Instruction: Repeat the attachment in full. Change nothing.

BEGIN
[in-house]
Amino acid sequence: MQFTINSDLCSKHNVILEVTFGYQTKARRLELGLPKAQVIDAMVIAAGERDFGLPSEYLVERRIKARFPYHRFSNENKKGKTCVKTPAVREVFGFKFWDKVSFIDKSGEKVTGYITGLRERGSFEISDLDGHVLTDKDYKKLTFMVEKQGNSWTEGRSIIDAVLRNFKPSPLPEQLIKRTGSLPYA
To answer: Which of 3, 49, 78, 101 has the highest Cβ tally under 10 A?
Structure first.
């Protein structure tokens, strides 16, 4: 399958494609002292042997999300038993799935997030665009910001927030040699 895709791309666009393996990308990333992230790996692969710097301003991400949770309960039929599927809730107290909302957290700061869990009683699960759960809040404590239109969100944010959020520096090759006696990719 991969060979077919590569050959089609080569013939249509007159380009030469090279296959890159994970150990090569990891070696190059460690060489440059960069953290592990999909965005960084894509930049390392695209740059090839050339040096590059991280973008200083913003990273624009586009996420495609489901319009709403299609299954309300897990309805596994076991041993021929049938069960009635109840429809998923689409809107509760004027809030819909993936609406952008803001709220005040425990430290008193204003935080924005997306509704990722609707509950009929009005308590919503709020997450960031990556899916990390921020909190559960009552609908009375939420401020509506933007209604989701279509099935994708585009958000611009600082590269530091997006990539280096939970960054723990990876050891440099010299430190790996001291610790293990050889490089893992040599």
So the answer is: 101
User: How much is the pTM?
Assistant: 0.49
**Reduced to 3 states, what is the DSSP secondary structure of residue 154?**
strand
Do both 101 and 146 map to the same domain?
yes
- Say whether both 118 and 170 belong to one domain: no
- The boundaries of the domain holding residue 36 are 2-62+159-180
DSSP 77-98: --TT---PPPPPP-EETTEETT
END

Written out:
[in-house]
Amino acid sequence: MQFTINSDLCSKHNVILEVTFGYQTKARRLELGLPKAQVIDAMVIAAGERDFGLPSEYLVERRIKARFPYHRFSNENKKGKTCVKTPAVREVFGFKFWDKVSFIDKSGEKVTGYITGLRERGSFEISDLDGHVLTDKDYKKLTFMVEKQGNSWTEGRSIIDAVLRNFKPSPLPEQLIKRTGSLPYA
To answer: Which of 3, 49, 78, 101 has the highest Cβ tally under 10 A?
Structure first.
């Protein structure tokens, strides 16, 4: 399958494609002292042997999300038993799935997030665009910001927030040699 895709791309666009393996990308990333992230790996692969710097301003991400949770309960039929599927809730107290909302957290700061869990009683699960759960809040404590239109969100944010959020520096090759006696990719 991969060979077919590569050959089609080569013939249509007159380009030469090279296959890159994970150990090569990891070696190059460690060489440059960069953290592990999909965005960084894509930049390392695209740059090839050339040096590059991280973008200083913003990273624009586009996420495609489901319009709403299609299954309300897990309805596994076991041993021929049938069960009635109840429809998923689409809107509760004027809030819909993936609406952008803001709220005040425990430290008193204003935080924005997306509704990722609707509950009929009005308590919503709020997450960031990556899916990390921020909190559960009552609908009375939420401020509506933007209604989701279509099935994708585009958000611009600082590269530091997006990539280096939970960054723990990876050891440099010299430190790996001291610790293990050889490089893992040599």
So the answer is: 101
User: How much is the pTM?
Assistant: 0.49
**Reduced to 3 states, what is the DSSP secondary structure of residue 154?**
strand
Do both 101 and 146 map to the same domain?
yes
- Say whether both 118 and 170 belong to one domain: no
- The boundaries of the domain holding residue 36 are 2-62+159-180
DSSP 77-98: --TT---PPPPPP-EETTEETT